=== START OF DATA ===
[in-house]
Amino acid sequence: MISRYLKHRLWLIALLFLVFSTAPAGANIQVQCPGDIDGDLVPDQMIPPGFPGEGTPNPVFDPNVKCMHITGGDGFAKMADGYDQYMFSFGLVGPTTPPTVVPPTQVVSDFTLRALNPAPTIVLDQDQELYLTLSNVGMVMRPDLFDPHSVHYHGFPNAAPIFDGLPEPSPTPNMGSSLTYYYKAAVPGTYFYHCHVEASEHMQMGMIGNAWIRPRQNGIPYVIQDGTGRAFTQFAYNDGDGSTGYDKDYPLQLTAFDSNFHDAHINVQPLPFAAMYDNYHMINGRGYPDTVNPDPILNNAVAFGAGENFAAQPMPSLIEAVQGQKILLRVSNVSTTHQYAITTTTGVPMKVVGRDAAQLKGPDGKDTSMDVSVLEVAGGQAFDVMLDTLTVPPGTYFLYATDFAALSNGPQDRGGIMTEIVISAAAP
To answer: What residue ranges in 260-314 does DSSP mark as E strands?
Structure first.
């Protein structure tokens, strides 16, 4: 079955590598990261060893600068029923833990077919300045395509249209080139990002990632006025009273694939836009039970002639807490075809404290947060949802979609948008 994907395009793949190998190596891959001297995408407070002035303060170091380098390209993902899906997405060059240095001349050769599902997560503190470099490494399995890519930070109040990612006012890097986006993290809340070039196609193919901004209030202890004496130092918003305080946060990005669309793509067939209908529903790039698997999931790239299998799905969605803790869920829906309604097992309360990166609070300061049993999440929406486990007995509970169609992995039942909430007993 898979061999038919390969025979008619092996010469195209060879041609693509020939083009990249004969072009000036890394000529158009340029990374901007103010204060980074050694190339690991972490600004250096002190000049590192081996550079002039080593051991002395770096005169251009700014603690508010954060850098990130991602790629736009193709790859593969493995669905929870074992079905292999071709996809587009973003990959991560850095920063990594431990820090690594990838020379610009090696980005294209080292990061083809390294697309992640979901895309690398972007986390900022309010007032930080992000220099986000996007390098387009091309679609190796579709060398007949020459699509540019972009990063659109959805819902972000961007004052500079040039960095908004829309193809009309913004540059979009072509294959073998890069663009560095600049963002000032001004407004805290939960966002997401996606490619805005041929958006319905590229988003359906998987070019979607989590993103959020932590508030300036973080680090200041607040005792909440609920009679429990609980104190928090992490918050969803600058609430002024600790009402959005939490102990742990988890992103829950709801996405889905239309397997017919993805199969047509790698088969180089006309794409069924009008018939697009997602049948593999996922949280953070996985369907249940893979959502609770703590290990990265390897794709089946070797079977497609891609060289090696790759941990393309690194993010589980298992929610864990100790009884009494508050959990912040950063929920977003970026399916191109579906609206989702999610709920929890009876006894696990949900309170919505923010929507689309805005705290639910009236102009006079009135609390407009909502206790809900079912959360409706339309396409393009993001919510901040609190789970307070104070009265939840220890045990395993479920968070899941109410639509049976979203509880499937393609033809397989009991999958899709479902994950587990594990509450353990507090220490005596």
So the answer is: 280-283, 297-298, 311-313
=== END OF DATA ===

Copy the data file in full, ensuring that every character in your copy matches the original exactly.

[in-house]
Amino acid sequence: MISRYLKHRLWLIALLFLVFSTAPAGANIQVQCPGDIDGDLVPDQMIPPGFPGEGTPNPVFDPNVKCMHITGGDGFAKMADGYDQYMFSFGLVGPTTPPTVVPPTQVVSDFTLRALNPAPTIVLDQDQELYLTLSNVGMVMRPDLFDPHSVHYHGFPNAAPIFDGLPEPSPTPNMGSSLTYYYKAAVPGTYFYHCHVEASEHMQMGMIGNAWIRPRQNGIPYVIQDGTGRAFTQFAYNDGDGSTGYDKDYPLQLTAFDSNFHDAHINVQPLPFAAMYDNYHMINGRGYPDTVNPDPILNNAVAFGAGENFAAQPMPSLIEAVQGQKILLRVSNVSTTHQYAITTTTGVPMKVVGRDAAQLKGPDGKDTSMDVSVLEVAGGQAFDVMLDTLTVPPGTYFLYATDFAALSNGPQDRGGIMTEIVISAAAP
To answer: What residue ranges in 260-314 does DSSP mark as E strands?
Structure first.
């Protein structure tokens, strides 16, 4: 079955590598990261060893600068029923833990077919300045395509249209080139990002990632006025009273694939836009039970002639807490075809404290947060949802979609948008 994907395009793949190998190596891959001297995408407070002035303060170091380098390209993902899906997405060059240095001349050769599902997560503190470099490494399995890519930070109040990612006012890097986006993290809340070039196609193919901004209030202890004496130092918003305080946060990005669309793509067939209908529903790039698997999931790239299998799905969605803790869920829906309604097992309360990166609070300061049993999440929406486990007995509970169609992995039942909430007993 898979061999038919390969025979008619092996010469195209060879041609693509020939083009990249004969072009000036890394000529158009340029990374901007103010204060980074050694190339690991972490600004250096002190000049590192081996550079002039080593051991002395770096005169251009700014603690508010954060850098990130991602790629736009193709790859593969493995669905929870074992079905292999071709996809587009973003990959991560850095920063990594431990820090690594990838020379610009090696980005294209080292990061083809390294697309992640979901895309690398972007986390900022309010007032930080992000220099986000996007390098387009091309679609190796579709060398007949020459699509540019972009990063659109959805819902972000961007004052500079040039960095908004829309193809009309913004540059979009072509294959073998890069663009560095600049963002000032001004407004805290939960966002997401996606490619805005041929958006319905590229988003359906998987070019979607989590993103959020932590508030300036973080680090200041607040005792909440609920009679429990609980104190928090992490918050969803600058609430002024600790009402959005939490102990742990988890992103829950709801996405889905239309397997017919993805199969047509790698088969180089006309794409069924009008018939697009997602049948593999996922949280953070996985369907249940893979959502609770703590290990990265390897794709089946070797079977497609891609060289090696790759941990393309690194993010589980298992929610864990100790009884009494508050959990912040950063929920977003970026399916191109579906609206989702999610709920929890009876006894696990949900309170919505923010929507689309805005705290639910009236102009006079009135609390407009909502206790809900079912959360409706339309396409393009993001919510901040609190789970307070104070009265939840220890045990395993479920968070899941109410639509049976979203509880499937393609033809397989009991999958899709479902994950587990594990509450353990507090220490005596």
So the answer is: 280-283, 297-298, 311-313